This group of residents’ knowledge of medicine makes them the best in the state.
What is the Johns Hopkins University/Sinai Hospital Internal Medicine Residency Medical Jeopardy team?
For the first time, this team of four Sinai Hospital internal medicine residents won the state championship award for Medical Jeopardy at the Turf Valley Conference Center in Ellicott City in February.
Second-year resident Manish Arora, M.D., intern Anupama Doraiswamy, M.D., intern Pritam Neupane, M.D. and third-year resident Ranjani P. Ramanathan, M.D., are all headed to San Diego in April to compete in the American College of Physicians’ national Medical Jeopardy competition, Doctor’s Dilemma, which takes place during the organization’s annual conference.
This is the first time that Sinai residents have won such an award.
At Sinai, there’s a monthly game of Medical Jeopardy for the 59 internal medicine residents, which is a chance for self-analysis, assessment and learning among the residents, Dr. Gambert says.
Medical Jeopardy is similar to the game show “Jeopardy!” in format. Questions are sorted into categories, and the answer must be phrased in the form of a question. Contestants must buzz in to answer, but are allowed to confer as a team. “Part of it is knowledge, and part of it is strategizing,” Dr. Neupane says.
This was Dr. Ramanathan’s third year as a contestant at the state level, so she was happily surprised when they won. “I was not very hopeful,” she says. “It was luck and strategy.”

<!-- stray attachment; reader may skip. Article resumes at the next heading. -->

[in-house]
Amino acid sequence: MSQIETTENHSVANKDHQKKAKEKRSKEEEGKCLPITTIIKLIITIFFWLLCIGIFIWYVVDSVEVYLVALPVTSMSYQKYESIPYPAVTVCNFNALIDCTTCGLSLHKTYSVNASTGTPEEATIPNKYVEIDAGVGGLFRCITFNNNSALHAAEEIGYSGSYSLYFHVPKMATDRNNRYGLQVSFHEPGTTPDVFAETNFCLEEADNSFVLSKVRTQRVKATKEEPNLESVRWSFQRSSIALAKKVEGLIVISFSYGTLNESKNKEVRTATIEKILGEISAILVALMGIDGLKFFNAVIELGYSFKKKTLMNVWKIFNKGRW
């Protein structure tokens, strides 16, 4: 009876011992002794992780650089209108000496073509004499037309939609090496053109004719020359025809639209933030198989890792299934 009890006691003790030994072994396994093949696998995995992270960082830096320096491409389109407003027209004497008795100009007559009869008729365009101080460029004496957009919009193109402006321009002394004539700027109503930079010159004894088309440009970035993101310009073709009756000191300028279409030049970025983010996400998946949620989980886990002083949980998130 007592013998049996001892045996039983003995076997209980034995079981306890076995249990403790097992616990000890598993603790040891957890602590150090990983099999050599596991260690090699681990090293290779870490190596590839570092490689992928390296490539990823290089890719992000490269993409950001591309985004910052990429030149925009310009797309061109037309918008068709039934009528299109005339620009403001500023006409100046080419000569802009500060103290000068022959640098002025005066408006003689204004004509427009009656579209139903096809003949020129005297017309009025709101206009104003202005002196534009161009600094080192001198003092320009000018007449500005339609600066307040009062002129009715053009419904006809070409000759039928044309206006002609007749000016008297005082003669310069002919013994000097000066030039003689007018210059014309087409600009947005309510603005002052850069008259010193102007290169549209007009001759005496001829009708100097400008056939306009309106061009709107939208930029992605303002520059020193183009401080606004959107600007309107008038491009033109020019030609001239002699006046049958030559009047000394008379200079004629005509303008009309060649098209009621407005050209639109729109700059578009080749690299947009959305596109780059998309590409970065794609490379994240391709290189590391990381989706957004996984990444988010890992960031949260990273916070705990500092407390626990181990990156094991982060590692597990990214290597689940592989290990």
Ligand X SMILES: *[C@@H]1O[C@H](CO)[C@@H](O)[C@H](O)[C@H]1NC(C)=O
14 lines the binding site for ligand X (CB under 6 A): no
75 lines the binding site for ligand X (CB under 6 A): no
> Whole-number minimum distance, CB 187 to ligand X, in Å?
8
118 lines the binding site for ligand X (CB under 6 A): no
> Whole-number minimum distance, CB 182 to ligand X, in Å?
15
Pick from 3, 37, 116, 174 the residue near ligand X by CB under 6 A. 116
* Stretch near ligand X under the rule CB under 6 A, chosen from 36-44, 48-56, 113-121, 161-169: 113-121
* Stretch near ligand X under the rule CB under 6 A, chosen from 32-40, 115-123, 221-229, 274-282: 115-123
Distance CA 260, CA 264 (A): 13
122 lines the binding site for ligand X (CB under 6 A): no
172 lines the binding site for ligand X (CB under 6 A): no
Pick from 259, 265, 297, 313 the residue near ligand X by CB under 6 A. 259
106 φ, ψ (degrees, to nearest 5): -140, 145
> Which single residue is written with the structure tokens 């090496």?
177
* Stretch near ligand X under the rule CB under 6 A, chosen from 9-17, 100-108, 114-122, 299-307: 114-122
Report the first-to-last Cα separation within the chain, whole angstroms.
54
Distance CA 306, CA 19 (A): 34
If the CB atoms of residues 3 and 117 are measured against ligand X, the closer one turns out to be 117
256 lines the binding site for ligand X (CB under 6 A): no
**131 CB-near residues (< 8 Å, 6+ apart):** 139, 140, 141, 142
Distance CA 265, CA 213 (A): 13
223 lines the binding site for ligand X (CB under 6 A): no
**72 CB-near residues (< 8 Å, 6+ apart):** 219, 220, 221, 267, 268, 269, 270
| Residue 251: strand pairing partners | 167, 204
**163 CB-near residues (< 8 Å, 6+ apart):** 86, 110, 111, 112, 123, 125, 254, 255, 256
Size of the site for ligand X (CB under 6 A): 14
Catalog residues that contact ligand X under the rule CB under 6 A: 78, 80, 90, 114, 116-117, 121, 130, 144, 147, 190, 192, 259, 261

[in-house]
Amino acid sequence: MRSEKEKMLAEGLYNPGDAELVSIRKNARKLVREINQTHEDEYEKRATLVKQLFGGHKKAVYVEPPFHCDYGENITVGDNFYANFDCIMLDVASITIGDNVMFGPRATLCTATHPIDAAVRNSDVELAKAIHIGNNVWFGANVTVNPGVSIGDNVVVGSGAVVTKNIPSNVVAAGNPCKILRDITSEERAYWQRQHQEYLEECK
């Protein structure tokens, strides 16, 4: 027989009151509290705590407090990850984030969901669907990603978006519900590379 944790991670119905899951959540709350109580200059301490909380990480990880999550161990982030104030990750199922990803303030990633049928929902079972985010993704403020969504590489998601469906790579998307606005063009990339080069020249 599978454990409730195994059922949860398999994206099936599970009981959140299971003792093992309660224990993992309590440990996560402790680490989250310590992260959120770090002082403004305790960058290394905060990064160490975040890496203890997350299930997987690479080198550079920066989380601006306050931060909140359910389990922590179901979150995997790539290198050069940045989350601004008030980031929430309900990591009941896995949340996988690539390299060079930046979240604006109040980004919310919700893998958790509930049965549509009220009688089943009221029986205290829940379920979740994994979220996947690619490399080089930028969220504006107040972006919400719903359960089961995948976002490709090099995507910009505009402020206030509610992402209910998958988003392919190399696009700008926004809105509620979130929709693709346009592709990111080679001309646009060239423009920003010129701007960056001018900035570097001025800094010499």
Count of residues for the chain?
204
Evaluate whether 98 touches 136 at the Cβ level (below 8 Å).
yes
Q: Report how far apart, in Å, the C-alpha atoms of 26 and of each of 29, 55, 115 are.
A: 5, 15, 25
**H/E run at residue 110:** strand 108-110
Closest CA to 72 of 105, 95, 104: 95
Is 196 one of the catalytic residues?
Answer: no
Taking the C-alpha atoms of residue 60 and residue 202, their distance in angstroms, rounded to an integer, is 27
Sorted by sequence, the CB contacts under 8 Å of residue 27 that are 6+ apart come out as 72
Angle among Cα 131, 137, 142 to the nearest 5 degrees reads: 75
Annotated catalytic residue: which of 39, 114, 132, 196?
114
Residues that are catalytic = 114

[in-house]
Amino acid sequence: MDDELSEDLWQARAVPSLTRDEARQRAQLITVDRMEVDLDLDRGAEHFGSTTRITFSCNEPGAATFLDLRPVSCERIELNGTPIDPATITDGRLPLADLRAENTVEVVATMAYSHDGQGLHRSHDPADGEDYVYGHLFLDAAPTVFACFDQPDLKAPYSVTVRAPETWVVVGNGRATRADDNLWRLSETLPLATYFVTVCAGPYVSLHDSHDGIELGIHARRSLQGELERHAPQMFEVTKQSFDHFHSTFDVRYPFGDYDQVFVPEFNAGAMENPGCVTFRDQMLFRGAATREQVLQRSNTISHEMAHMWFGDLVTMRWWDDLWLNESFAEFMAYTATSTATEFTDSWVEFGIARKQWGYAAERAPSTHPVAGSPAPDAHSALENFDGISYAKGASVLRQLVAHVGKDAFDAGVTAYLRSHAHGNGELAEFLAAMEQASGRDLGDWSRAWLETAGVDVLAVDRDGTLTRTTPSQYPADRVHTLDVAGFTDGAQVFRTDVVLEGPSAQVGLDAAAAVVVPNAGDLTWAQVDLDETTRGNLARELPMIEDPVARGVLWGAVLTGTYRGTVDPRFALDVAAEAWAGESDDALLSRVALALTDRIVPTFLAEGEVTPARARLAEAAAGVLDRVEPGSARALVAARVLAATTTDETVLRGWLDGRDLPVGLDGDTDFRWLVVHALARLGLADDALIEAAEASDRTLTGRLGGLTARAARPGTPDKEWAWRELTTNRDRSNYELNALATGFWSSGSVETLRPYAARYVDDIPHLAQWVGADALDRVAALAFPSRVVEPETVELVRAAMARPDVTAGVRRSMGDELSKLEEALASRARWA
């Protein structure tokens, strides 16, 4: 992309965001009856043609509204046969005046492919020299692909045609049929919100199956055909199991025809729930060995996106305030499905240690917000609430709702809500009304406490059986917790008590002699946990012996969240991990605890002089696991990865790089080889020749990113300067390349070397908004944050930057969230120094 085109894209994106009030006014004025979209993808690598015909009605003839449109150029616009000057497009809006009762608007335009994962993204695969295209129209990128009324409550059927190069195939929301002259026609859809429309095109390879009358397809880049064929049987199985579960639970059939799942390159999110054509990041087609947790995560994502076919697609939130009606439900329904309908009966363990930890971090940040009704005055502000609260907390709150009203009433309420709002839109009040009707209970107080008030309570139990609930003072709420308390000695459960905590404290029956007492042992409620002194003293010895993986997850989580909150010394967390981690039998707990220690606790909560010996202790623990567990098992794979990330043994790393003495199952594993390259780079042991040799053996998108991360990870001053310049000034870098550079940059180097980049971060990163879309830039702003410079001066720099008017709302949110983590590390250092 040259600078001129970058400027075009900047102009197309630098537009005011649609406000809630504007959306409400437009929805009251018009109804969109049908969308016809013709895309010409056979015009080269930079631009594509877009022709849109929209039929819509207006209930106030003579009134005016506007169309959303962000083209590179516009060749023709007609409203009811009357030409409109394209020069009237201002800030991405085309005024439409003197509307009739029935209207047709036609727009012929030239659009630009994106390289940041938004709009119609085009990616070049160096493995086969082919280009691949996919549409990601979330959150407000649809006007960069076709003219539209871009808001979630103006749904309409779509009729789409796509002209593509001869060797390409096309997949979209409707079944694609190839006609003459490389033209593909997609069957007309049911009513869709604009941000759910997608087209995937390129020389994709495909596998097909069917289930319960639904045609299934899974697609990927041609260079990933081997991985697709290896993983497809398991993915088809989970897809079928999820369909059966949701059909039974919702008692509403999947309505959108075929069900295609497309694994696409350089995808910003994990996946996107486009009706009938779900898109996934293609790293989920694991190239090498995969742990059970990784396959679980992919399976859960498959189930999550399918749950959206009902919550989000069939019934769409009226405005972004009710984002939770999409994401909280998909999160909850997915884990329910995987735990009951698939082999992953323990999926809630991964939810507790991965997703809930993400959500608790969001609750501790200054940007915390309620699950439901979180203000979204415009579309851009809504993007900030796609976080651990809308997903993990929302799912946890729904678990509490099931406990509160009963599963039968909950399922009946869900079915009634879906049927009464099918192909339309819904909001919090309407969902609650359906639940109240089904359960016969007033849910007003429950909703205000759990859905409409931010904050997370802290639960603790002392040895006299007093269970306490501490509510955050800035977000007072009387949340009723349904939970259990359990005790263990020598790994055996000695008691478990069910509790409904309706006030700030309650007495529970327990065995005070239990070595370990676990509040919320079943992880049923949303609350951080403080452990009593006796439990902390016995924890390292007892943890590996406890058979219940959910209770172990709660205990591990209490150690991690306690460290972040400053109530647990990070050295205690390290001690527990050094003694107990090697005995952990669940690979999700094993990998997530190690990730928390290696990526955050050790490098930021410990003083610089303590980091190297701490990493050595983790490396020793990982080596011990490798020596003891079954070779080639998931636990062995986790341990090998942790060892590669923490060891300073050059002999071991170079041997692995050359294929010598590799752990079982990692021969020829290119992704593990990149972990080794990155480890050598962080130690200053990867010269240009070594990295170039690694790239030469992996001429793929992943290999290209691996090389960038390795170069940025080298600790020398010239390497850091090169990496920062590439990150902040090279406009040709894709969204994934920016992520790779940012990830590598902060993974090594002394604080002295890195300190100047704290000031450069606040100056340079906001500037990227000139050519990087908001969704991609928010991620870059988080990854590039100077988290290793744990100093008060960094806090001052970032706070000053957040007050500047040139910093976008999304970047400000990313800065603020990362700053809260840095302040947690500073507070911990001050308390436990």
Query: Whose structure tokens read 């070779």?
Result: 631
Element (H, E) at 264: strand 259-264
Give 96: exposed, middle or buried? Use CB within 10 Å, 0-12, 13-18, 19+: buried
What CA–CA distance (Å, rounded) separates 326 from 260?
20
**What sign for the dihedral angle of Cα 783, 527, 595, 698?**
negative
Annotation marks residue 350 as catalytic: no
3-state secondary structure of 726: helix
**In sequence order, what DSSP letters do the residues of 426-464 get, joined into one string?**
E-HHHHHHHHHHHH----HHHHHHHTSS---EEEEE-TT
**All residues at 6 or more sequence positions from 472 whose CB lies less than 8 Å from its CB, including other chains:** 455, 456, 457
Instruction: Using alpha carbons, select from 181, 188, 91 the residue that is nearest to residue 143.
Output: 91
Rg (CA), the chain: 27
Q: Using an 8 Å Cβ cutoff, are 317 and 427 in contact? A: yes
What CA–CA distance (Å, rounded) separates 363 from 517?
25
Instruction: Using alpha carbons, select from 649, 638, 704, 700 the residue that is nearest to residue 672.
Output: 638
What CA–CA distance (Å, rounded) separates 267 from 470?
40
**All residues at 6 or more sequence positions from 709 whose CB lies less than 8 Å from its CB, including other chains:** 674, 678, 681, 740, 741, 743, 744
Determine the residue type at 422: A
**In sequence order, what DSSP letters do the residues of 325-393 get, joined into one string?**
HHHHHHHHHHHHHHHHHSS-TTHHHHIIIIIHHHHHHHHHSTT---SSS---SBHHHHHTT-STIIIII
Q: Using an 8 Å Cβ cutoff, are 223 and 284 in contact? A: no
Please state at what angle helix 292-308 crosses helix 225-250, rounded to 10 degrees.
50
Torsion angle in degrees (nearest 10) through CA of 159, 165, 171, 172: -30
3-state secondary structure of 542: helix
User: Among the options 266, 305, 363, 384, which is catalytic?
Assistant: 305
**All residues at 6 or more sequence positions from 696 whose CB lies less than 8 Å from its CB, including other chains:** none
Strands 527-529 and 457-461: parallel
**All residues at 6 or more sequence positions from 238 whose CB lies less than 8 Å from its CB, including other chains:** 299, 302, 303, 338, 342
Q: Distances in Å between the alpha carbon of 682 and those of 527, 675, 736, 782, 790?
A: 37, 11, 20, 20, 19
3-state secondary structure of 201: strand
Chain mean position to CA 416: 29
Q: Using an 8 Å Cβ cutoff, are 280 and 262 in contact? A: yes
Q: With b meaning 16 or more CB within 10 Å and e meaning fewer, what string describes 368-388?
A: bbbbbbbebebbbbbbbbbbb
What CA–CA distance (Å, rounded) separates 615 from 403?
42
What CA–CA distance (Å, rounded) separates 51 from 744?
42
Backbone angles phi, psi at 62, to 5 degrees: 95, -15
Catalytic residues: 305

Warren Green, CEO of LifeBridge Health, says the first-place finish at the state competition reflects the prestige of Sinai Hospital.
“This is a terrific achievement, and I am extremely proud and happy for Dr. Gambert and the entire department,” he says.
American College of Physicians Director of Education and Career Development Patrick Alguire, M.D., says the national championship has become a “high point” of the conference.
“We find that the competition is intense. The advantage for the residents is that they do study for this, and it helps them prepare for their certification examinations,” he says.
Each day, the team members spend a half-hour studying in preparation for the tournament.
“We go over the questions and topics, and we plan to do that for the next six weeks,” Dr. Arora says.
No matter what happens, the team is excited to be headed to San Diego.
“It’s a great honor, and I’m proud to represent the program,” Dr. Doraiswamy says.
It is a banner year for Sinai Hospital residents and staff. Eugenio Cingolani, M.D., won the 2006 ACP Associates meeting 1st place research oral presentation award. Dr. Cingolani, a second-year Internal Medicine resident, plans to pursue the field of cardiology.
At the ACP conference, Dr. Gambert will be inducted into Mastership, one of the highest honors bestowed upon a physician. Masters are a small group of distinguished physicians who have achieved recognition in medicine by exhibiting preeminence in practice or medical research, holding positions of high honor, or making significant contributions to medical science or the art of medicine.
Robert T. Chow, M.D., head of the Division of –General Internal Medicine at Sinai, also will be honored at the ACP conference as he receives the 2007 Herbert S. Waxman Award for Outstanding Medical Educator.